Northern Michigan Poet Bard makes poetry popular

terry wooten

Photo by Alan Newton/Newton Photography

As an author, I know how scary it can be to present your work.

It can be even harder for poets. Terry Wooten, who bills himself as Michigan’s Poet Bard, figured out a way to make a living as a poet and to bring others along.

In 1980, Terry met the late Michigan poet Max Ellison, who ran a weekly campfire/poetry session in a woods near Shanty Creek. They became friends. Ellison inspired Terry to create a venue of his own.

“I was bothered by restaurants where musicians sing their hearts out and everybody ignores them,” Terry says. “I wanted to create a place of awe and wonder. A place where the words come across and poetry, story and song are the center.”

At the time, Terry’s wife Wendi’s family owned hundreds of acres of cherry trees. The McLachlan farm market now belongs to King Orchards in Kewadin. (Cherry lovers alert: in summer, King sells some of the plumpest, firmest, sweetest cherries in northern Michigan.)

Terry decided to build a stone circle in the meadow behind his house in Kewadin (near Traverse City).  “Our ancient ancestors used stone circles as a place of gathering and communication,” he says.

Northern Michigan is blessed with a limitless supply of granite boulders, a gift of the last ice sheet to retreat some 10,000 years ago. To collect these treasures, Terry borrowed McLachlan family tractors equipped with 3-point hydraulic forks for hauling cherry tanks. He found some boulders deep in the woods; others, down in ravines. Many had been dragged by horses to the edge of farm fields more than 100 years ago. Terry brought dozens of boulders back, one at a time, through a woods on the family farm. (Much of that property is now A Ga Ming Golf Course.)

Thirty-one years ago, Terry created his first stone circle. When the circle was complete, he invited family and friends to a poetry reading. It was a Saturday night in 1983. About 100 attended.  The event was such a hit that Terry decided to host it weekly. Ever since, lit by firelight and lanterns, Stone Circle events take place on Saturday nights all summer long. Donation: $5.

Finding, hauling and placing stones became a passion. Terry added 2 more circles, finally stopping 4 years later.  He had completed 3 concentric circles, for a total of 88 stones.  88, for numerology buffs, is the number for infinity in Pythagorean math. It’s also the number of keys on a piano and the number on Terry’s football jersey at Marion High School (southeast of Cadillac, MI).

The show still goes on. Many attend year after year. “Stone Circles have become an Up North experience,” Terry says. His and Wendi’s children grew up attending. Blaise, 31, has a stone circle tattooed on her back. Ezra, 33, has the phases of the moon on his right arm.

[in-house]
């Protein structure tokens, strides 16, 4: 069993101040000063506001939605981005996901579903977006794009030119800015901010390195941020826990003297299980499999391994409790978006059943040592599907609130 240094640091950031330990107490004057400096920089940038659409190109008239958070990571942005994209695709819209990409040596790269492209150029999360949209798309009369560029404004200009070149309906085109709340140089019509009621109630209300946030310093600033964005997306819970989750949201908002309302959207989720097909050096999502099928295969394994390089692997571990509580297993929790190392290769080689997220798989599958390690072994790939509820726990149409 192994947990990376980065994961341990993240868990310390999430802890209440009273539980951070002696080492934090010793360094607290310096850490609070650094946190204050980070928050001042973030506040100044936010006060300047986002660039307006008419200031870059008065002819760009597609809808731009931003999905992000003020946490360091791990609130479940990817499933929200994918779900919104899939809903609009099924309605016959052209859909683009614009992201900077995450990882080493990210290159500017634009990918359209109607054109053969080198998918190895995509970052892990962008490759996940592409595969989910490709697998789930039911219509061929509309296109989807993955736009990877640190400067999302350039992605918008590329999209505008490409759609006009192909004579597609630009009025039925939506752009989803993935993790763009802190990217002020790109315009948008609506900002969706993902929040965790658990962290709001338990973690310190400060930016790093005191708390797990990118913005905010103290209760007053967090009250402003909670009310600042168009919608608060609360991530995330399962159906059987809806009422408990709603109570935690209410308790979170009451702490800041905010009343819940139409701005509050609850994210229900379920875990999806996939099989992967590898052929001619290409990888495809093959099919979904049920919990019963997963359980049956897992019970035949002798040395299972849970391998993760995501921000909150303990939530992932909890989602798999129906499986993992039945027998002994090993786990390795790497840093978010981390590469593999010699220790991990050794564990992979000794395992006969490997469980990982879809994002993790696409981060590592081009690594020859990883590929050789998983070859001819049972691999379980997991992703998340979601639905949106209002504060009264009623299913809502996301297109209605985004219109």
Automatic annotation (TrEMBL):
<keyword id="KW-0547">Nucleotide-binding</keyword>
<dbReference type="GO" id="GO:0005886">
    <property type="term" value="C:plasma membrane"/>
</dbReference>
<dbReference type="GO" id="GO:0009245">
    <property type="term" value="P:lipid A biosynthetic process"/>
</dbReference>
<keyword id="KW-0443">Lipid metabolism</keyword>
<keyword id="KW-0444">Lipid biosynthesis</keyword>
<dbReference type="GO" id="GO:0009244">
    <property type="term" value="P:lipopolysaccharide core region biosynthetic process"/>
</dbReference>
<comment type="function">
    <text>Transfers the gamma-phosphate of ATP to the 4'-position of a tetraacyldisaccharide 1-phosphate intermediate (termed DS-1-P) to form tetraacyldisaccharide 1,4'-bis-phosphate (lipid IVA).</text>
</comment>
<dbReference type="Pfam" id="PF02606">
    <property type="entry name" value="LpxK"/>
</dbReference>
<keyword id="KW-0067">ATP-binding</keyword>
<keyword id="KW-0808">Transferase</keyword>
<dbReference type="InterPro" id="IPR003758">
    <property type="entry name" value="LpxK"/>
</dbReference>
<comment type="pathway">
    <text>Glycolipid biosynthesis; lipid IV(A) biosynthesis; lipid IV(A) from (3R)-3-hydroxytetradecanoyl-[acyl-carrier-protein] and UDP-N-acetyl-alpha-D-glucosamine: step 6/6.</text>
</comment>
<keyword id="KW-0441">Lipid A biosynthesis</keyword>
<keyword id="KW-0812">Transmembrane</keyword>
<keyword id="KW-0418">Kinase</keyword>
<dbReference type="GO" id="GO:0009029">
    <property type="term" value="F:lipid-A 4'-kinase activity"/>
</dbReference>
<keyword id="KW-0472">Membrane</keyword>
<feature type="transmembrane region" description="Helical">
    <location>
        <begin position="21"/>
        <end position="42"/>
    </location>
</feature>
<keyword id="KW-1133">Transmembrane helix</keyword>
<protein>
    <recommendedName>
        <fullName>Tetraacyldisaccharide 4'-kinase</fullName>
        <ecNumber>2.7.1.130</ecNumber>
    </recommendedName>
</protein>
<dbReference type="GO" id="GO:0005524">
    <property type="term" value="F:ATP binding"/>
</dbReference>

Many poets, story tellers and singers return every summer. Terry has memorized 563 poems (from Chaucer to Whitman, including 323 of his own). He recites on request. Poets joining him include David Jones of Valparaiso, IN, who writes about trains; Rose Bohn, who teaches language arts at Penn State; Louanne Lechler; and Jim Ribby, a probation officer in Bellaire, MI. (Ribby recites poems by cowboy Baxter Black, one of my faves.) Guitarist Joe Troyer of Grand Rapids appears often, as does his son Joseph E.

When summer’s over, Terry visits schools throughout Michigan. In his Elders Project, he brings community elders, including veterans, into middle and high schools. They talk about their experiences.  Students then write poems in the voice of those elders. Terry does, too.

Word of Terry’s Stone Circles traveled across the ocean. A film crew from Barcelona recently spent 4 weeks filming at the Wootens’. Thirty-some poet-friends returned to do interviews and perform. Among them: Mi Ditmar, who teaches at Syracuse U. and Steve Marsh, past executive director of National Slam Poetry. Poet Daryth Davey, who first appeared at a Stone Circle when she was 17, flew in from Rome where she taught at the International Academy.

Stone Circle audiences often hit 50 or more. Some audience members first came with their parents as children and now bring children of their own. Still going after 31 years, Stone Circle is the longest lasting outdoor poetry venue in the USA. Terry continues to light up the night.

(Teachers interested in poetry programs for their schools can reach Terry at [email protected])

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2 thoughts on “Northern Michigan Poet Bard makes poetry popular

  1. Marilyn Connor

    What an interesting story. Stone Circles . Would love to be a part of one someday. You are such a gifted writer to tell the story.

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